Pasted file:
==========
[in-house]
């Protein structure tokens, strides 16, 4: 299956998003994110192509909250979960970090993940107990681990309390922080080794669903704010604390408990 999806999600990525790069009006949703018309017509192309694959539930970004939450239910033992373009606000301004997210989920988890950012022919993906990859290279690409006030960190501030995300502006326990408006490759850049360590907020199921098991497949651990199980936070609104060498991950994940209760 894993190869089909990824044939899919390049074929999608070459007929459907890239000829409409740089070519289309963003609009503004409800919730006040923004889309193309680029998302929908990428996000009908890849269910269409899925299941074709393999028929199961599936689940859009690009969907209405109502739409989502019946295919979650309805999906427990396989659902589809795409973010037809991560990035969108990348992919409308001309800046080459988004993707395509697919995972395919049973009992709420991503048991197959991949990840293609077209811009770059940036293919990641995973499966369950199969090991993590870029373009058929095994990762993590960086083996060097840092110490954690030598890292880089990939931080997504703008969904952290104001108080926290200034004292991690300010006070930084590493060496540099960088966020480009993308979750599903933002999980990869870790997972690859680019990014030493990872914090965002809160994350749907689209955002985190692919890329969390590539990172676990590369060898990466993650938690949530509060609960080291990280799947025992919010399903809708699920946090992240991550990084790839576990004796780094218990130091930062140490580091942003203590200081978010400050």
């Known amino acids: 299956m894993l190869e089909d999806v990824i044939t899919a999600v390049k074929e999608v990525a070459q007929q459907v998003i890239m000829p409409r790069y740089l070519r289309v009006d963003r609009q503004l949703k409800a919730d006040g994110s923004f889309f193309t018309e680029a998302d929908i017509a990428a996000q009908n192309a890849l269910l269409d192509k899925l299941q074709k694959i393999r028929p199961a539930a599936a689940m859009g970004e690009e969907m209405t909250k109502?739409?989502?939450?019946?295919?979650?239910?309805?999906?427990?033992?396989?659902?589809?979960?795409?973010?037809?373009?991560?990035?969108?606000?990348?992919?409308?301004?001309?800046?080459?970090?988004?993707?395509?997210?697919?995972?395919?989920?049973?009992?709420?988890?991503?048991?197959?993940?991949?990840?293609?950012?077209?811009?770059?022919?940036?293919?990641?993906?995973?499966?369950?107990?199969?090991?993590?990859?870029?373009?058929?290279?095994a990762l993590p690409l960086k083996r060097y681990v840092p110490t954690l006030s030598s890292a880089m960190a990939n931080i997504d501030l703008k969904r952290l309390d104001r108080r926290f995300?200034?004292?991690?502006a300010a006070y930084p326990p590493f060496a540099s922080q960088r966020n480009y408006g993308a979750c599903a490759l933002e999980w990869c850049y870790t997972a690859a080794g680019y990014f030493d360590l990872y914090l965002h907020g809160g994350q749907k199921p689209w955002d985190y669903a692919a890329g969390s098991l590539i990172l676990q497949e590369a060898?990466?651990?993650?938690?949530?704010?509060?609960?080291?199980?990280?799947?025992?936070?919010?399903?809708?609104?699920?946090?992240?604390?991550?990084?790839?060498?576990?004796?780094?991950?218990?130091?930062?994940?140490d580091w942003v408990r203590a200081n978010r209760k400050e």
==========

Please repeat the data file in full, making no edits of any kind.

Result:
[in-house]
């Protein structure tokens, strides 16, 4: 299956998003994110192509909250979960970090993940107990681990309390922080080794669903704010604390408990 999806999600990525790069009006949703018309017509192309694959539930970004939450239910033992373009606000301004997210989920988890950012022919993906990859290279690409006030960190501030995300502006326990408006490759850049360590907020199921098991497949651990199980936070609104060498991950994940209760 894993190869089909990824044939899919390049074929999608070459007929459907890239000829409409740089070519289309963003609009503004409800919730006040923004889309193309680029998302929908990428996000009908890849269910269409899925299941074709393999028929199961599936689940859009690009969907209405109502739409989502019946295919979650309805999906427990396989659902589809795409973010037809991560990035969108990348992919409308001309800046080459988004993707395509697919995972395919049973009992709420991503048991197959991949990840293609077209811009770059940036293919990641995973499966369950199969090991993590870029373009058929095994990762993590960086083996060097840092110490954690030598890292880089990939931080997504703008969904952290104001108080926290200034004292991690300010006070930084590493060496540099960088966020480009993308979750599903933002999980990869870790997972690859680019990014030493990872914090965002809160994350749907689209955002985190692919890329969390590539990172676990590369060898990466993650938690949530509060609960080291990280799947025992919010399903809708699920946090992240991550990084790839576990004796780094218990130091930062140490580091942003203590200081978010400050």
């Known amino acids: 299956m894993l190869e089909d999806v990824i044939t899919a999600v390049k074929e999608v990525a070459q007929q459907v998003i890239m000829p409409r790069y740089l070519r289309v009006d963003r609009q503004l949703k409800a919730d006040g994110s923004f889309f193309t018309e680029a998302d929908i017509a990428a996000q009908n192309a890849l269910l269409d192509k899925l299941q074709k694959i393999r028929p199961a539930a599936a689940m859009g970004e690009e969907m209405t909250k109502?739409?989502?939450?019946?295919?979650?239910?309805?999906?427990?033992?396989?659902?589809?979960?795409?973010?037809?373009?991560?990035?969108?606000?990348?992919?409308?301004?001309?800046?080459?970090?988004?993707?395509?997210?697919?995972?395919?989920?049973?009992?709420?988890?991503?048991?197959?993940?991949?990840?293609?950012?077209?811009?770059?022919?940036?293919?990641?993906?995973?499966?369950?107990?199969?090991?993590?990859?870029?373009?058929?290279?095994a990762l993590p690409l960086k083996r060097y681990v840092p110490t954690l006030s030598s890292a880089m960190a990939n931080i997504d501030l703008k969904r952290l309390d104001r108080r926290f995300?200034?004292?991690?502006a300010a006070y930084p326990p590493f060496a540099s922080q960088r966020n480009y408006g993308a979750c599903a490759l933002e999980w990869c850049y870790t997972a690859a080794g680019y990014f030493d360590l990872y914090l965002h907020g809160g994350q749907k199921p689209w955002d985190y669903a692919a890329g969390s098991l590539i990172l676990q497949e590369a060898?990466?651990?993650?938690?949530?704010?509060?609960?080291?199980?990280?799947?025992?936070?919010?399903?809708?609104?699920?946090?992240?604390?991550?990084?790839?060498?576990?004796?780094?991950?218990?130091?930062?994940?140490d580091w942003v408990r203590a200081n978010r209760k400050e």